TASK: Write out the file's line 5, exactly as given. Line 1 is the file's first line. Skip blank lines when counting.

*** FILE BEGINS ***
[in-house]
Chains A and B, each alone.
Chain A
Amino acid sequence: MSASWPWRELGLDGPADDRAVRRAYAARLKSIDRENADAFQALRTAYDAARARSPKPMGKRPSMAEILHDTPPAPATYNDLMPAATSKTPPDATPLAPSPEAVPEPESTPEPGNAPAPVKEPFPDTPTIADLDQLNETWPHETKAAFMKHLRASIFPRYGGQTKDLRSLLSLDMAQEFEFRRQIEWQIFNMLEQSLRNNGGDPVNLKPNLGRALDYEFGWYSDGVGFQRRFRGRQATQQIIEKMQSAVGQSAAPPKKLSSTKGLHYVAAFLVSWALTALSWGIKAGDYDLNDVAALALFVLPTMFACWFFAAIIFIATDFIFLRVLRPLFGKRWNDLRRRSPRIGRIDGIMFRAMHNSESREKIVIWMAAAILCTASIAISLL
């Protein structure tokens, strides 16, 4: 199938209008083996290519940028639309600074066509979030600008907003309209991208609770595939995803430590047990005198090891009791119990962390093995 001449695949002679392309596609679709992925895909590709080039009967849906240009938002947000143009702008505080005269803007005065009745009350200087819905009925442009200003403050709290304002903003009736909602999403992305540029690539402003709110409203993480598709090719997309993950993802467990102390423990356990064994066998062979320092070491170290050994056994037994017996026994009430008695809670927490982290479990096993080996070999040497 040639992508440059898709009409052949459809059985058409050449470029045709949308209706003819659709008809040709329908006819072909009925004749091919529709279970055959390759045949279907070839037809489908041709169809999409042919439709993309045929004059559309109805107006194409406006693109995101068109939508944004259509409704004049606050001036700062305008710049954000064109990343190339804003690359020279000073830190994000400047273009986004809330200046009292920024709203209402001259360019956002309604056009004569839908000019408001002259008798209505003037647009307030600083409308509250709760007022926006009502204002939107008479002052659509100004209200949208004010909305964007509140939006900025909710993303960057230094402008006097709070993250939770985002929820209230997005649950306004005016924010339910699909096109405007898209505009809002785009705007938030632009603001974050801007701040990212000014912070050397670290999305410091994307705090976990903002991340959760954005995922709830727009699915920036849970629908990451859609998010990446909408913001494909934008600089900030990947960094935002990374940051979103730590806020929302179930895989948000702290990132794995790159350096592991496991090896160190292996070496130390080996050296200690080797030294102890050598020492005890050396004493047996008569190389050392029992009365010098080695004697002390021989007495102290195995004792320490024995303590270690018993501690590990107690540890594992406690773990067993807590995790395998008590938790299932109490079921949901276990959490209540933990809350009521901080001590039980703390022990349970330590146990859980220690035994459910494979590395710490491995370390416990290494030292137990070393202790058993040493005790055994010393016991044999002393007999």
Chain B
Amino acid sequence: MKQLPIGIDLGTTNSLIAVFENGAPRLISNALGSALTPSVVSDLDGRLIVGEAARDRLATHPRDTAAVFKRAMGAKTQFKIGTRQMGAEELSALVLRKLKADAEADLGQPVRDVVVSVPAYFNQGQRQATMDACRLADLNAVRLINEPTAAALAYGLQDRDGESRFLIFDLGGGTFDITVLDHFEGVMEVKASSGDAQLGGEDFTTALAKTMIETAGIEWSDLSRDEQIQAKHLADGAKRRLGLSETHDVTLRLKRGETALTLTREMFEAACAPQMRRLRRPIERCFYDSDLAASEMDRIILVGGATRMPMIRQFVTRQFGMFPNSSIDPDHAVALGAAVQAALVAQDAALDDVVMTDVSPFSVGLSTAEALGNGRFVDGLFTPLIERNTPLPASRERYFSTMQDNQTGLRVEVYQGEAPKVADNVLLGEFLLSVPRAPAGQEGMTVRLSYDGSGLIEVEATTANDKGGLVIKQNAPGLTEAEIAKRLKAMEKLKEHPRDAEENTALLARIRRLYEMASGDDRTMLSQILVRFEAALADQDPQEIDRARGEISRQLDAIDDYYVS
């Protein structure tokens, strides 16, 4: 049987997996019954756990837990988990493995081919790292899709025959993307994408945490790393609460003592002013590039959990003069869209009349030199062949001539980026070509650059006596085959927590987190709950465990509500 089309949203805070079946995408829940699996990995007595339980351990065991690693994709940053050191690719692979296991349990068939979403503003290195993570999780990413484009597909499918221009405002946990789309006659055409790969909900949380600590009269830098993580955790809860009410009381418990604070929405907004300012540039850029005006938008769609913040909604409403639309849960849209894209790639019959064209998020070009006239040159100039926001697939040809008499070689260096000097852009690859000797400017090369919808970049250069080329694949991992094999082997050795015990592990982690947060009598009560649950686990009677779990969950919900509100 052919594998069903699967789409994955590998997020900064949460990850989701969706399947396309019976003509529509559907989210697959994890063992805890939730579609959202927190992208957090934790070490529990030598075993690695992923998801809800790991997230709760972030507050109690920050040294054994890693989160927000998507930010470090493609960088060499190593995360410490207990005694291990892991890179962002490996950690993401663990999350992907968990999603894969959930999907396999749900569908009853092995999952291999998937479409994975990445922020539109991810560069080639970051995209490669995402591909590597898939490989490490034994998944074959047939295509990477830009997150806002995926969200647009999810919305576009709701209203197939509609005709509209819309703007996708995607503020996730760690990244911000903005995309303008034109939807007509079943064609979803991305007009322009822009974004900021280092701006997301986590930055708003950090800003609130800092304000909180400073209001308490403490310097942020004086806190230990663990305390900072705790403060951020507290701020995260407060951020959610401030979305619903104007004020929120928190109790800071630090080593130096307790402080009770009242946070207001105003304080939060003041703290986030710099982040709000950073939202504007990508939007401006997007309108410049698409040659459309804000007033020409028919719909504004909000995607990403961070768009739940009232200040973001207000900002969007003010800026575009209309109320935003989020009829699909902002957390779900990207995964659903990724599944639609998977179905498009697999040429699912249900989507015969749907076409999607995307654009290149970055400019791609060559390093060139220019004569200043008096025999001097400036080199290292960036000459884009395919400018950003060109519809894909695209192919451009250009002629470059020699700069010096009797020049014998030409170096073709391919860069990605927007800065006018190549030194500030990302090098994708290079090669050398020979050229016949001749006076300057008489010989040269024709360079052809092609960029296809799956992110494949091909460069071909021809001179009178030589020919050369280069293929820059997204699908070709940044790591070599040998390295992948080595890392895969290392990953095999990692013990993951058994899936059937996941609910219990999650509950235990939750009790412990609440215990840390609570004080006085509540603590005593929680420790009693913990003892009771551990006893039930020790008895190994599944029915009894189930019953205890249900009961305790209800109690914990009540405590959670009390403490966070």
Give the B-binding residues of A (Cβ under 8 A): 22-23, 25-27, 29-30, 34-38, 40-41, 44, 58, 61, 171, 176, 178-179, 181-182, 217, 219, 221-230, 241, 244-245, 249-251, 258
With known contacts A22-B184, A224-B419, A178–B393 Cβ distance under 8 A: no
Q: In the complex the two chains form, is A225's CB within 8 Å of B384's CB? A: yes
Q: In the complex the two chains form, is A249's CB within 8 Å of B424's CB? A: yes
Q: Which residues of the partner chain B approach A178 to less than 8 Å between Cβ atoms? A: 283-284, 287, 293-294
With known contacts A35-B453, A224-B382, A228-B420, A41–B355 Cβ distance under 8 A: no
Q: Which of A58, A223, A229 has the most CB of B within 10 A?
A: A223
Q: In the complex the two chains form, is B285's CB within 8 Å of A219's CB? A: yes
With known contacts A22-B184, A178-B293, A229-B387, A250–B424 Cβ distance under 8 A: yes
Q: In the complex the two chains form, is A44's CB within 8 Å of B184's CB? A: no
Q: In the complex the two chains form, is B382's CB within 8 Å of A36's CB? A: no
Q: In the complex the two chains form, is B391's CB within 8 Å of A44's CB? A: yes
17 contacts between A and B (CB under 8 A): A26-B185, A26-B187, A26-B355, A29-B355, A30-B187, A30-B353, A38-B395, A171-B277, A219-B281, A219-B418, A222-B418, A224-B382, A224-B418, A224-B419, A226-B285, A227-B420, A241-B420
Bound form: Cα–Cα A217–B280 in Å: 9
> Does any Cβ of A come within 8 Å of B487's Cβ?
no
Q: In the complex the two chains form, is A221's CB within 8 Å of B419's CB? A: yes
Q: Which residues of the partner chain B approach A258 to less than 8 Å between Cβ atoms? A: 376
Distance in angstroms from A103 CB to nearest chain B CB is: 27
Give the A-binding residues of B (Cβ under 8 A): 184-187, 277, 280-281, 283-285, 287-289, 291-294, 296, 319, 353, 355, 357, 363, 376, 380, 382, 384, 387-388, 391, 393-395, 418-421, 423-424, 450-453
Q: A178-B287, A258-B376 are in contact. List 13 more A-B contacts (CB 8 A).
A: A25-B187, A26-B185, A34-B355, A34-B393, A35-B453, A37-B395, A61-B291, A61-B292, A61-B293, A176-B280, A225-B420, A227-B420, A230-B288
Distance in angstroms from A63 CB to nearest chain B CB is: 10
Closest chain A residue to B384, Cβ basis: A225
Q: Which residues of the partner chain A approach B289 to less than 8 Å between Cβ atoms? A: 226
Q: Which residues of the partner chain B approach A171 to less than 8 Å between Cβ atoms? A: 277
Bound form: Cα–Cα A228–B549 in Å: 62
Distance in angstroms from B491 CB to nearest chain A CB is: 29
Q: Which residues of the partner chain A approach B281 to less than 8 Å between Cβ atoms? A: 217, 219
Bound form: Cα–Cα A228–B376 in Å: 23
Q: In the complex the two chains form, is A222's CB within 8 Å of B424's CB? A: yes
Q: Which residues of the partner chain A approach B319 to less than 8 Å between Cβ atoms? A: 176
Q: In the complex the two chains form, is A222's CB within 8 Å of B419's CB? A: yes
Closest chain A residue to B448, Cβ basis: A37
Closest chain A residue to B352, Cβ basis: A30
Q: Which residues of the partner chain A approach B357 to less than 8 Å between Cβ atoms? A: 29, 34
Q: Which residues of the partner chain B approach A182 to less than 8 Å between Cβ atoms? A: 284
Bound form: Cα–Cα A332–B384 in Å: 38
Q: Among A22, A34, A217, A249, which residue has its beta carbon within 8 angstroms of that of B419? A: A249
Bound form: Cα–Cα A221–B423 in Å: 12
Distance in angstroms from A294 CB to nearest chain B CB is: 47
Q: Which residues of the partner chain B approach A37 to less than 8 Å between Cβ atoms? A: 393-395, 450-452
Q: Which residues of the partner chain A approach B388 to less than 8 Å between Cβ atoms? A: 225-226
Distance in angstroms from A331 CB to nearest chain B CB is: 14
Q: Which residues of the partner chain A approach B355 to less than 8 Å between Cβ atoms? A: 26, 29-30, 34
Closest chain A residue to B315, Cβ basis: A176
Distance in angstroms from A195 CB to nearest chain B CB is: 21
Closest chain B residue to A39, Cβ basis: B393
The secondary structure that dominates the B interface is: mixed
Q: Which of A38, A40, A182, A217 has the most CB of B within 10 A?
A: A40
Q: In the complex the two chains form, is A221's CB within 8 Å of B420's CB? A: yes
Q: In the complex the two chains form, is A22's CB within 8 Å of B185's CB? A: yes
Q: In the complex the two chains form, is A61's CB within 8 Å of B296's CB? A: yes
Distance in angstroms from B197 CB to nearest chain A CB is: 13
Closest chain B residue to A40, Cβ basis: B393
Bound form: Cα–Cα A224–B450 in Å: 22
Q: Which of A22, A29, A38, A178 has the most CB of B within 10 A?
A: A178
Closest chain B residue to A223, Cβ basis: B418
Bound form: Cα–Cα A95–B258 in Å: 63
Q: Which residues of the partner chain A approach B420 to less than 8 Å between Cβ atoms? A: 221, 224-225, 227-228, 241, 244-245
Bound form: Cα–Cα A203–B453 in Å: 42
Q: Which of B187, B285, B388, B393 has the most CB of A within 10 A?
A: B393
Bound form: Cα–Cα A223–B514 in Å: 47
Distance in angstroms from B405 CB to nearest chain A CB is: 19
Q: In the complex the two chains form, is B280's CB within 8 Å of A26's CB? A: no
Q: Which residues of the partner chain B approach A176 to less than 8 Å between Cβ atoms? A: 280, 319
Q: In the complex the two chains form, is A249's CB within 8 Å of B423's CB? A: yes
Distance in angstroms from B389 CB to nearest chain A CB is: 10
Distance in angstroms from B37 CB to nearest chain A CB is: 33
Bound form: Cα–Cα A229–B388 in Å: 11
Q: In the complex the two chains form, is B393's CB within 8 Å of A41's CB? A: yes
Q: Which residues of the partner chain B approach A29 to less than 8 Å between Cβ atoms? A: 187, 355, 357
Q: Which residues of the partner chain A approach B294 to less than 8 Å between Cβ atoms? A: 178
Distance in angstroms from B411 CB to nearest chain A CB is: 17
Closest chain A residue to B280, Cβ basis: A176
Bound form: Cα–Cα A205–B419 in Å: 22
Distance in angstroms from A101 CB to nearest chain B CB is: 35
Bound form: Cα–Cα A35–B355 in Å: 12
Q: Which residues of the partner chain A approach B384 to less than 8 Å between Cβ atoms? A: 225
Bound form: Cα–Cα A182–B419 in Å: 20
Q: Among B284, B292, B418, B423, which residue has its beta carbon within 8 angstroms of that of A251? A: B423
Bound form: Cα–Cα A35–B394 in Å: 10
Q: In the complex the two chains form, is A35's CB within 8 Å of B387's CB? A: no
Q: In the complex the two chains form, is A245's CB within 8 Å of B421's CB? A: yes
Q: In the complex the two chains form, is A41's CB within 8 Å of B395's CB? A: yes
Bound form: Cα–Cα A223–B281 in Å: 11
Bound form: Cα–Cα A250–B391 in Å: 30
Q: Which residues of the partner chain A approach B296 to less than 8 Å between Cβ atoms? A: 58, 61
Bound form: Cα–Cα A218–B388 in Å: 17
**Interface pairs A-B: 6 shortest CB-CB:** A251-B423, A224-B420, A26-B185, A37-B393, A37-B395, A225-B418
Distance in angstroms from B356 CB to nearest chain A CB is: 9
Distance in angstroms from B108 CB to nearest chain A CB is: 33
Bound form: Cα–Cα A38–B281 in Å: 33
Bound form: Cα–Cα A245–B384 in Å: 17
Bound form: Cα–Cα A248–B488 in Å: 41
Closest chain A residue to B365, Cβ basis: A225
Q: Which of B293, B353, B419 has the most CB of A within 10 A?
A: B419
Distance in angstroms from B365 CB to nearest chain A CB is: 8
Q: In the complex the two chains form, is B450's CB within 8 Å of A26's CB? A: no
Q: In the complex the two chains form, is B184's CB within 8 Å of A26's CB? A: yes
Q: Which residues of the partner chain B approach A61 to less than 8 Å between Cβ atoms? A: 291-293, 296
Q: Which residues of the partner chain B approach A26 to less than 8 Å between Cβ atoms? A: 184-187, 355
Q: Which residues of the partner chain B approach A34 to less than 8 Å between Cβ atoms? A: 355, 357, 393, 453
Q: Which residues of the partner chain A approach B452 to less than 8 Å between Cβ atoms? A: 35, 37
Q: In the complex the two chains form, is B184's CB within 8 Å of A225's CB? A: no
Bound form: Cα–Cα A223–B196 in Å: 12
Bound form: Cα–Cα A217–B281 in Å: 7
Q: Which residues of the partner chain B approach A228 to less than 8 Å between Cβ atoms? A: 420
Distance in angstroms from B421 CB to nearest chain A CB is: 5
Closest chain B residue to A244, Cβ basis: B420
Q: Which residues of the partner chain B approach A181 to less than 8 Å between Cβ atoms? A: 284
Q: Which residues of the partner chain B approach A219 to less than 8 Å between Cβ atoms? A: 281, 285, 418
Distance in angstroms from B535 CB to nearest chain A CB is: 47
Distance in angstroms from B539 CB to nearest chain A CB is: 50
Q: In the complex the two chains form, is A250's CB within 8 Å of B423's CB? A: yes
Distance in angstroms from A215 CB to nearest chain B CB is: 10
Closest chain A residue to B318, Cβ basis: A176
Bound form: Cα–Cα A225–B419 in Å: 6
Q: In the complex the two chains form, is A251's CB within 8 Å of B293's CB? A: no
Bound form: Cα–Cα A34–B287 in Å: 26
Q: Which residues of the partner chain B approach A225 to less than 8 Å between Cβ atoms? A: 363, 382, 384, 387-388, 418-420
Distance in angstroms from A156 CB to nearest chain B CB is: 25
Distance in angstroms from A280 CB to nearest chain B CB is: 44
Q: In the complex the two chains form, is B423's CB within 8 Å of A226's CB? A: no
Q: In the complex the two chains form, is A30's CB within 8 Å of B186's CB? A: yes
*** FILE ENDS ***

């Protein structure tokens, strides 16, 4: 199938209008083996290519940028639309600074066509979030600008907003309209991208609770595939995803430590047990005198090891009791119990962390093995 001449695949002679392309596609679709992925895909590709080039009967849906240009938002947000143009702008505080005269803007005065009745009350200087819905009925442009200003403050709290304002903003009736909602999403992305540029690539402003709110409203993480598709090719997309993950993802467990102390423990356990064994066998062979320092070491170290050994056994037994017996026994009430008695809670927490982290479990096993080996070999040497 040639992508440059898709009409052949459809059985058409050449470029045709949308209706003819659709008809040709329908006819072909009925004749091919529709279970055959390759045949279907070839037809489908041709169809999409042919439709993309045929004059559309109805107006194409406006693109995101068109939508944004259509409704004049606050001036700062305008710049954000064109990343190339804003690359020279000073830190994000400047273009986004809330200046009292920024709203209402001259360019956002309604056009004569839908000019408001002259008798209505003037647009307030600083409308509250709760007022926006009502204002939107008479002052659509100004209200949208004010909305964007509140939006900025909710993303960057230094402008006097709070993250939770985002929820209230997005649950306004005016924010339910699909096109405007898209505009809002785009705007938030632009603001974050801007701040990212000014912070050397670290999305410091994307705090976990903002991340959760954005995922709830727009699915920036849970629908990451859609998010990446909408913001494909934008600089900030990947960094935002990374940051979103730590806020929302179930895989948000702290990132794995790159350096592991496991090896160190292996070496130390080996050296200690080797030294102890050598020492005890050396004493047996008569190389050392029992009365010098080695004697002390021989007495102290195995004792320490024995303590270690018993501690590990107690540890594992406690773990067993807590995790395998008590938790299932109490079921949901276990959490209540933990809350009521901080001590039980703390022990349970330590146990859980220690035994459910494979590395710490491995370390416990290494030292137990070393202790058993040493005790055994010393016991044999002393007999």